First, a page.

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News for the Newts



Great crested newts have got themselves more than their fair share of attention over the years, and sadly accrued more than their fair share of haters. I, however, am a self-confessed newt fan. To me they’re a species of magic and mythology, associated with witchcraft, and featured in some beloved childhood literature (Matilda and Harry Potter being the best examples). They’re also mysterious: many people have never seen them or don’t know what they are (they're commonly confused with lizards or juvenile frogs). They’re active at night, so are surveyed in their ponds using torches – walking around ponds at night, looking out for flashes of movement in the pond brings a unique feeling to looking for them. They look intriguing: part alien, part magical creature, dreamt up by someone with a vivid imagination. Despite all this, for many people great crested newts are associated primarily with lengthy development procedures and planning permission hurdles. Now cresties are receiving even more limelight than usual due to a change in the way their conservation is being managed in the UK. Will this be their chance to change their reputation?


Back in 1992, great crested newts were made a European Protected Species through their listing on Annex IV of the EU’s Habitats Directive. This afforded them strict protection, in addition to the protection given to all amphibians under the Wildlife and Countryside Act of 1981. Since the implementation of this legislation in the UK via the 1994 Habitats Regulations, it has been an offence to capture, possess, disturb, kill, injure, or trade in individuals, or to damage or destroy the places they use for breeding or resting. This protection was primarily due to their rarity in Europe, although they are comparatively widespread in the UK. Though an island of nature lovers, Britain is not an international wildlife stronghold for many species as we’re so densely populated and so much of our land is farmed. Arguably, it is worth doing our bit to protect one of the few rare species for which we hold a globally significant population.


The most widespread consequence of the GCN’s protection is in the development and planning sectors. Development on breeding ponds can be prohibited, or mitigation required, including obligations to protect or create ponds and translocate newts. Surveying for cresties can lead to unwanted delays: they are only found in their breeding ponds for a portion of the year and surveys should be undertaken by a licensed individual. This has characterised GCNs as an unpopular species with those wishing to develop land and has led to critical headlines bemoaning the costs expended on small populations.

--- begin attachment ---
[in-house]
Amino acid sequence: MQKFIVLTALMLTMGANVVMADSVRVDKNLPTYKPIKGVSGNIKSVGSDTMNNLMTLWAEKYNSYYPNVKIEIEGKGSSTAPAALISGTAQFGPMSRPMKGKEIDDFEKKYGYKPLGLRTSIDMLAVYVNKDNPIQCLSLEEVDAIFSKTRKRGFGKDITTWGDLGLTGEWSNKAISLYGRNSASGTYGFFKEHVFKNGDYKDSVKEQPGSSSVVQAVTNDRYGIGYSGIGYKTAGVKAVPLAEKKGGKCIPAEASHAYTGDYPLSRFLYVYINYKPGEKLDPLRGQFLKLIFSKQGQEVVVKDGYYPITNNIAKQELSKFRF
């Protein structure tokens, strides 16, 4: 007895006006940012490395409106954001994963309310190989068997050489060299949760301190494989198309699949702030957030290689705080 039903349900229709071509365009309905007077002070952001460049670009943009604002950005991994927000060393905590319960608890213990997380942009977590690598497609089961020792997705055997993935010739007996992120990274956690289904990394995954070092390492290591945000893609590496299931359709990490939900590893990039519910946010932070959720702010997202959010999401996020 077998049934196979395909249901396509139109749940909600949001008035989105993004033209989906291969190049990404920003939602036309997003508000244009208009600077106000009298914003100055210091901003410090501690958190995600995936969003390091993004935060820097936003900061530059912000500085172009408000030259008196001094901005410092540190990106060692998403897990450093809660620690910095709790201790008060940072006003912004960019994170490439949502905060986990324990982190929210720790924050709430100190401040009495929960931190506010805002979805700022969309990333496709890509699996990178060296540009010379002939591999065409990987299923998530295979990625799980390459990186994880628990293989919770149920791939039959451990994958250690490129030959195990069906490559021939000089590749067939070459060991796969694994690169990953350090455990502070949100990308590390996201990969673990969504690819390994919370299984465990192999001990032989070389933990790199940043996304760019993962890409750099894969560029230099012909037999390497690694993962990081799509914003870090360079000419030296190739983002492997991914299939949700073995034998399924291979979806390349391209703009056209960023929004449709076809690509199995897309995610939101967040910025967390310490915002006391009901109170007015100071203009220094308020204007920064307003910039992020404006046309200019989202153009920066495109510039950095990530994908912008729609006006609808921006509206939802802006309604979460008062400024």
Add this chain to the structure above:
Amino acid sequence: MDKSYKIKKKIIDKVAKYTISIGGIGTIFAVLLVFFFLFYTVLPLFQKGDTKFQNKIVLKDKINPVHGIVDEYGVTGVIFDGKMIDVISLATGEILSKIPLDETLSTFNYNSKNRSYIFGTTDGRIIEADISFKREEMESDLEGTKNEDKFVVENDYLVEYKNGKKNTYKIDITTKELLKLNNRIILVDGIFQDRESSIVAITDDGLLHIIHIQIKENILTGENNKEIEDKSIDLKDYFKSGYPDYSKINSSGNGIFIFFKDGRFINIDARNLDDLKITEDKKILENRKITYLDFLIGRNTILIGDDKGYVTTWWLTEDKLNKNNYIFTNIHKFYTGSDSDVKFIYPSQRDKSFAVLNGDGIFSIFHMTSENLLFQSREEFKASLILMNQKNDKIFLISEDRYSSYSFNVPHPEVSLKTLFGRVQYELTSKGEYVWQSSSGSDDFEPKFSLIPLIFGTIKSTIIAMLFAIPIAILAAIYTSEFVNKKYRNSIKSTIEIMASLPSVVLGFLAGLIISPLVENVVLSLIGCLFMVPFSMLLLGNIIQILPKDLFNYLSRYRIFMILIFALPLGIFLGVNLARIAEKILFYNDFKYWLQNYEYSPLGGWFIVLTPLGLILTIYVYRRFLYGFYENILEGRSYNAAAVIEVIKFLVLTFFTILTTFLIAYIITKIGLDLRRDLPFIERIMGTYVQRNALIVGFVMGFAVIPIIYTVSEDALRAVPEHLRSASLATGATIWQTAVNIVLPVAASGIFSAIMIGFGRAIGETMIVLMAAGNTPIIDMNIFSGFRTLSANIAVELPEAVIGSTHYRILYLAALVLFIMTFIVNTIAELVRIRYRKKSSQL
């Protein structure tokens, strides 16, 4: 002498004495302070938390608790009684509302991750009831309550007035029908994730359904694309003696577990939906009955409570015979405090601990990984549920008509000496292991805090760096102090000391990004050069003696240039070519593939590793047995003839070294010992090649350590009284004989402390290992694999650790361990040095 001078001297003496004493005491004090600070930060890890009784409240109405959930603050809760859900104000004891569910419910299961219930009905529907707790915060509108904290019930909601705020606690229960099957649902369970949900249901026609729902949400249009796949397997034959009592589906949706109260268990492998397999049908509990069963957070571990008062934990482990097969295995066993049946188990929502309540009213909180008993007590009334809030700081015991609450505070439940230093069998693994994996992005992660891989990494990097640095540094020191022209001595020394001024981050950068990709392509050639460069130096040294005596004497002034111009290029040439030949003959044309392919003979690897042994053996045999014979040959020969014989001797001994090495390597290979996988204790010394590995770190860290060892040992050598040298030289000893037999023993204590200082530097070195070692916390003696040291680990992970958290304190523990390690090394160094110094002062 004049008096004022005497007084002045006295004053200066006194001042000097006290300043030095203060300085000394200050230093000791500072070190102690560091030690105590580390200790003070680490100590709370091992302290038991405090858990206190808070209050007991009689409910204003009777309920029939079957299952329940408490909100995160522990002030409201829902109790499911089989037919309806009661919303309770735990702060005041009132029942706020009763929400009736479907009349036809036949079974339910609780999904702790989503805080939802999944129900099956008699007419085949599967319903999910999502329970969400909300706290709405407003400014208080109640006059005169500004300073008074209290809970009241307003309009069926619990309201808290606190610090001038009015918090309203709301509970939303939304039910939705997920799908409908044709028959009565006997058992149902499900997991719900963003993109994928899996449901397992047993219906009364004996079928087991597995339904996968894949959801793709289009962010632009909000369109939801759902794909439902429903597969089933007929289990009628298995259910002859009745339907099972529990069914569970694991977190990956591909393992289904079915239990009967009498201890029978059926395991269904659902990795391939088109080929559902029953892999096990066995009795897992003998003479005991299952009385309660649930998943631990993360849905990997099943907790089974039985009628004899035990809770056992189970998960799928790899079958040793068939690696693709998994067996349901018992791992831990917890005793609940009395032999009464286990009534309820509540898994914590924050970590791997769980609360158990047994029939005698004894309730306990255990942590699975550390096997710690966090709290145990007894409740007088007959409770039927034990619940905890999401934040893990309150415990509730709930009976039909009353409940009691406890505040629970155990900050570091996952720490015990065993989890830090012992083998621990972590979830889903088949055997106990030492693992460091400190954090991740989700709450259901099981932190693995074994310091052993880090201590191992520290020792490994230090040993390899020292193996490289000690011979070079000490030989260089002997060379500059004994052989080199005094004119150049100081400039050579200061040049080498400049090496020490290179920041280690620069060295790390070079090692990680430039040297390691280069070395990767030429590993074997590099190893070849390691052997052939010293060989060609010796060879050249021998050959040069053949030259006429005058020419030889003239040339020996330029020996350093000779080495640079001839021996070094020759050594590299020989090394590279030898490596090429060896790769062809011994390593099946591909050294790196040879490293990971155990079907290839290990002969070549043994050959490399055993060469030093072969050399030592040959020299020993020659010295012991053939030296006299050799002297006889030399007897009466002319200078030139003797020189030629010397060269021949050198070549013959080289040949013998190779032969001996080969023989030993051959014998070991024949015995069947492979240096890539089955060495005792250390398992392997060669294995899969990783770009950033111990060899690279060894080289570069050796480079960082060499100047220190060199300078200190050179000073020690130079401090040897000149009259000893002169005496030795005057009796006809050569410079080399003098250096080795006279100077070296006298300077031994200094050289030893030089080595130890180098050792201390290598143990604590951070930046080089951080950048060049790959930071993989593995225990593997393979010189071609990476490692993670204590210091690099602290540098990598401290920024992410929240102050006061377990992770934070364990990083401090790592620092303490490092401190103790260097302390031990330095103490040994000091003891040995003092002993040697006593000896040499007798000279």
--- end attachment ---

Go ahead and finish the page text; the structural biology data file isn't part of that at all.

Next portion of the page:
Great crested newts photographed by Amy Schwartz


In the original scheme, a lot of money and time went into the supposed conservation of cresties through prohibition and mitigation, but the effectiveness of this was questionable and GCNs have continued to decline. A lot of the replacement sites or fenced off ponds are left in predominantly urban areas, isolated from other populations and habitat. High quality terrestrial surroundings are essential for newts outside of the breeding season and for enabling spread of individuals between ponds.


A new approach is now underway to shift the focus away from protecting animals on development sites. This aims to make use of a strategic approach, undertaken at a landscape level, to create high quality habitats for newts in optimal areas. In return for permitting development to go ahead, developers must fund the high quality compensatory mitigation elsewhere, all overseen at a landscape level. This should lead to connected metapopulations, which will be more resilient to change. The approach reflects wider changes in conservation. The scheme for GCNs is the first case of the government employing the strategic approach set out in Biodiveristy2020, produced by DEFRA which forms the Biodiversity Strategy for England.


Despite support from some conservation bodies, it has not been plain sailing. Some think that sacrificing existing wildlife habitats for development is not acceptable or raised concerns about how the new scheme would ensure positive outcomes for newts.


It’ll be several years before it can be said whether it has been a success, determined by the quality of the mitigation habitats, the number of developers who buy into the scheme, the impact on existing populations, and ultimately the population size of GCNs. It can be argued that something needed to change – despite the money and time going into protect them, GCNs continue to decline in the UK, a travesty for one of our most protected species, for which we have a good understanding of its ecological needs. This new approach is designed to be better for the newts, and better for development, and firmly rooted in modern conservation principles. Perhaps this is the start of the comeback era of the newts…


Emily Seccombe likes looking for newts, is interested in how we place value on nature, and wants to maximise her positive environmental impact through her career. She has worked in nature conservation since graduating from the University of Oxford.

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